BURKINA FASO: Overcoming hatred with help for all

Construction of a multipurpose hall in Kaya diocese, Burkina Faso (©Aid to the Church in Need)
Construction of a multipurpose hall in Kaya diocese, Burkina Faso (©Aid to the Church in Need)
  • ACN project head warns of growing Islamist influence from abroad
  • Praises Church’s outreach to the poor regardless of religious differences

In the aftermath of this month’s Islamist attack on restaurant goers in Burkina Faso, it is crucial that the Church renew its commitment to poor people – especially young girls – at a time of growing extremist influence in the country.

Raphael D’Aqui, from Aid to the Church in Need, said that Catholic outreach in education, healthcare and other welfare support – supported in part by the Catholic charity – was vital in a country coming under growing influence from countries promoting Islamism.

Mr D’Aqui, head of ACN projects for parts of Africa, was speaking after suspected Islamist militants killed at least 18 people and wounded several others during a raid 10 days ago on a restaurant in Ouagadougou, the capital of the West African country.

Mr D’Aqui contrasted the Church’s “powerful spirit of service and a desire to be of help to all society” against “the catastrophe of terrorism, a plague that is so difficult to eradicate”.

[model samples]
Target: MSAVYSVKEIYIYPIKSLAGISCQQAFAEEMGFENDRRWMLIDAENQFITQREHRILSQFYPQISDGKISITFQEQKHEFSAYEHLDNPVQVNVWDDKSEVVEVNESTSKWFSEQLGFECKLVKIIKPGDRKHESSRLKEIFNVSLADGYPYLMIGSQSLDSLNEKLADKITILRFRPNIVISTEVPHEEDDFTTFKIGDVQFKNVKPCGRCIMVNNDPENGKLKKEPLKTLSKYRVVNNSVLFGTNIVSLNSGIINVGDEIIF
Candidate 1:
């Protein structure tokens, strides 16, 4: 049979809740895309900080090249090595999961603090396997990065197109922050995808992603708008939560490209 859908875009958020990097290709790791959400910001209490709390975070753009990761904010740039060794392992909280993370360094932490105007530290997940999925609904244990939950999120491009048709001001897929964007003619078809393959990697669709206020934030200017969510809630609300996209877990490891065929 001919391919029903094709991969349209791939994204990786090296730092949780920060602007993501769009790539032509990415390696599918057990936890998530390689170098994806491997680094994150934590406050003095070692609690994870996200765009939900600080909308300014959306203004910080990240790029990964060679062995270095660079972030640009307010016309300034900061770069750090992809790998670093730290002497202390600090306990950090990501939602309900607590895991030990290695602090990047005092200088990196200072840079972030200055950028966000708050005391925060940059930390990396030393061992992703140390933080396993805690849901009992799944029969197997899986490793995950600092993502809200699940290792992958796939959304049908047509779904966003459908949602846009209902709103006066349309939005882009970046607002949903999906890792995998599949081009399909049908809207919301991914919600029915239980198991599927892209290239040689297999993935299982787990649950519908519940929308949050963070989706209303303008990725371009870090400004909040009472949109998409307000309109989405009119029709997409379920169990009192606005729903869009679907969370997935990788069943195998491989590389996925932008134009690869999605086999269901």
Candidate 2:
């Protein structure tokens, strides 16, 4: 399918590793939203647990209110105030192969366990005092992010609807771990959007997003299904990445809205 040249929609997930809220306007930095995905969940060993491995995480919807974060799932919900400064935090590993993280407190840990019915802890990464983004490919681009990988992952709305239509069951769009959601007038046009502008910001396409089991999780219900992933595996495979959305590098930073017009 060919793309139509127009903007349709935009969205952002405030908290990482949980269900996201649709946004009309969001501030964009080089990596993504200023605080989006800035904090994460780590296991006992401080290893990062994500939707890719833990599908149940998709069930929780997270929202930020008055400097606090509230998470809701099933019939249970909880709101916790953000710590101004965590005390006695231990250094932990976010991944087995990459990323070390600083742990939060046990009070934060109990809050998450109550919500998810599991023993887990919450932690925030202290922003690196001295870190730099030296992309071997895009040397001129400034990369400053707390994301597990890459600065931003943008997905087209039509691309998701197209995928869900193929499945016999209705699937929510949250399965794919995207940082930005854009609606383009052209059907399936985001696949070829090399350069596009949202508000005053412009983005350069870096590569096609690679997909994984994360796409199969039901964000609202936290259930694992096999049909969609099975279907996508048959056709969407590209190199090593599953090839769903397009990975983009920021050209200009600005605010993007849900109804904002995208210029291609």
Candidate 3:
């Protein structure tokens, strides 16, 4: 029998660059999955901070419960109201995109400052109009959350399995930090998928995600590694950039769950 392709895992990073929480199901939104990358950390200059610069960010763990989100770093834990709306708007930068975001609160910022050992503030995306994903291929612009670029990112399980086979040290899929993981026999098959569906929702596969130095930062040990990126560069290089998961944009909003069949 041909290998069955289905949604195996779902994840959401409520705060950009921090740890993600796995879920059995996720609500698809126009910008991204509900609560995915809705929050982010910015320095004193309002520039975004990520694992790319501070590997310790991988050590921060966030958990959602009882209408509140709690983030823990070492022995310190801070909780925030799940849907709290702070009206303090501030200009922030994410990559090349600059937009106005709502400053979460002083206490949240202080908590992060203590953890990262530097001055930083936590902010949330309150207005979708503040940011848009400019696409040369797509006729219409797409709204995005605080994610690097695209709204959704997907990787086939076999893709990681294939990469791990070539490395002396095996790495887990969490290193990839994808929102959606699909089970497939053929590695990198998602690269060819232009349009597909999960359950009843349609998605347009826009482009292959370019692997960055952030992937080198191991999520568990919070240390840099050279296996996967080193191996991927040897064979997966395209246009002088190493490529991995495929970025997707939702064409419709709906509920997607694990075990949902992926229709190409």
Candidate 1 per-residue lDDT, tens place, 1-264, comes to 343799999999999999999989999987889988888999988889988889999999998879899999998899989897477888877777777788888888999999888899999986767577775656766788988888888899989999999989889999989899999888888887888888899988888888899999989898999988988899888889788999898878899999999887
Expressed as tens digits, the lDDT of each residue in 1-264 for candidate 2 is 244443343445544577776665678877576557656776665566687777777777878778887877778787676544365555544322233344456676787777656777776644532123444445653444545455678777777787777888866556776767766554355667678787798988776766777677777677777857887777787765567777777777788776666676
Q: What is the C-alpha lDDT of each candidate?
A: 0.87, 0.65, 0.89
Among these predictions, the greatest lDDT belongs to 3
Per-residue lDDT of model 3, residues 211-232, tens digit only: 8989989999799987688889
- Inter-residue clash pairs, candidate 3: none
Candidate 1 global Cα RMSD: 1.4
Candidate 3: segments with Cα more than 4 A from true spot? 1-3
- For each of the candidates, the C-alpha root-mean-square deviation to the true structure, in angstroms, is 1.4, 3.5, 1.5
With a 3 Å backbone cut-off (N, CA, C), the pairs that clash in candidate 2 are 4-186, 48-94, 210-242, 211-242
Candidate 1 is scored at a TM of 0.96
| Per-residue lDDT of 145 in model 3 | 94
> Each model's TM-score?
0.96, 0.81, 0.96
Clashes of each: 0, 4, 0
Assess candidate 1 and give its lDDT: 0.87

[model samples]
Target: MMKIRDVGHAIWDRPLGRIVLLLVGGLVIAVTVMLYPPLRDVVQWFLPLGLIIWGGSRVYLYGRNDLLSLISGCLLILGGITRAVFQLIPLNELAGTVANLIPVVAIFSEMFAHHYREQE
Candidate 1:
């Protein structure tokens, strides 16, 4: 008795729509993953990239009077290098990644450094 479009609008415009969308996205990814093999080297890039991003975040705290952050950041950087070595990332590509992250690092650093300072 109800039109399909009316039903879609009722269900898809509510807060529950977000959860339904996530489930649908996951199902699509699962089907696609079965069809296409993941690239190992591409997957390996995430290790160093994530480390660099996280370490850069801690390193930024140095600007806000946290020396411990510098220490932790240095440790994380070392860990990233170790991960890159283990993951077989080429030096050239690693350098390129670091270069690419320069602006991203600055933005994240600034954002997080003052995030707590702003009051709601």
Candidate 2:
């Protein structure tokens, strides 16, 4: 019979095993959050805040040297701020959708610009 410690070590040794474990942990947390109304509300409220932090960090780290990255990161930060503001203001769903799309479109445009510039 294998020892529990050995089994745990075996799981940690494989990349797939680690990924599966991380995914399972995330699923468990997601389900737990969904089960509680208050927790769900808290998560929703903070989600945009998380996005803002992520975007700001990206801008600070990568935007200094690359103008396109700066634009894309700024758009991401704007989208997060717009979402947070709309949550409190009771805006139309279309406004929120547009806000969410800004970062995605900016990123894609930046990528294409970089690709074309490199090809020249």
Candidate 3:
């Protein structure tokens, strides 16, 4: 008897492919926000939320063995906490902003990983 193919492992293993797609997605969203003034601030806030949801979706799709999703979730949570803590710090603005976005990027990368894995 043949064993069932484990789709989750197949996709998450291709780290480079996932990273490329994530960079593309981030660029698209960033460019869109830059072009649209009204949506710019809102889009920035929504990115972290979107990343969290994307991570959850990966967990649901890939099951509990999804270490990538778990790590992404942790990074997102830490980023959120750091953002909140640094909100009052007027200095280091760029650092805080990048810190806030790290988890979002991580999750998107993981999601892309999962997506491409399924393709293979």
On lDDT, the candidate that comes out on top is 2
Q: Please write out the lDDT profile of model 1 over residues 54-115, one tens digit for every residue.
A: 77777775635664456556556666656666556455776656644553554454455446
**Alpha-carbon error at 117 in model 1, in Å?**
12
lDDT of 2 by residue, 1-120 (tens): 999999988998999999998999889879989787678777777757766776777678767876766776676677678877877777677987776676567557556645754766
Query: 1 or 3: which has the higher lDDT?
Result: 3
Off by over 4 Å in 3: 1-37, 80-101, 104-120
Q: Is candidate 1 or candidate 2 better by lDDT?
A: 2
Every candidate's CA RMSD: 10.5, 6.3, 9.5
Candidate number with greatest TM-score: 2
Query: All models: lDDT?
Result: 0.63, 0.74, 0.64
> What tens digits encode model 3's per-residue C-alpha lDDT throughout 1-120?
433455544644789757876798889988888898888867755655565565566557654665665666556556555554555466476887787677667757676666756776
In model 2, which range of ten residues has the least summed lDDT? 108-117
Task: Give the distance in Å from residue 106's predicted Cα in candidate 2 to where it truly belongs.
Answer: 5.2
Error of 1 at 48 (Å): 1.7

Highlighting Islamic countries’ investment in Burkina Faso and other less prosperous countries, Mr D’Aqui said: “In a country in which approximately 60 percent of the population is Muslim, the influence of the Islamic countries is considerable.

“There are NGOs here from Qatar, Kuwait and other countries which – together with the social help they [provide] – are exporting their own ideology and their own interpretation of the Qur’an.”

“They are prepared to bore wells, build mosques and help the poor, but they focus their aid exclusively on Muslims.”

He said that, by contrast, the Church was providing care for people of different faiths.

Saying that the aid extends to the north of the country, where Christians are less than one percent of the population, he added: “In the field of healthcare and education, thanks to the various religious congregations which are working here, the Church is providing a service for the whole of society… not merely for the Christians.”

Mr D’Aqui said: “The Church maintains important education centres for young children, with a special care for the poorest and for girls.”

ACN is supporting religious Sisters providing medical care in Burkina Faso irrespective of faith background and helping the Church’s pastoral work such as the construction of a parish church and multi-purpose centre in the Diocese of Tenkodogo and also a new chapel in Arbinda parish, in the Diocese of Dori.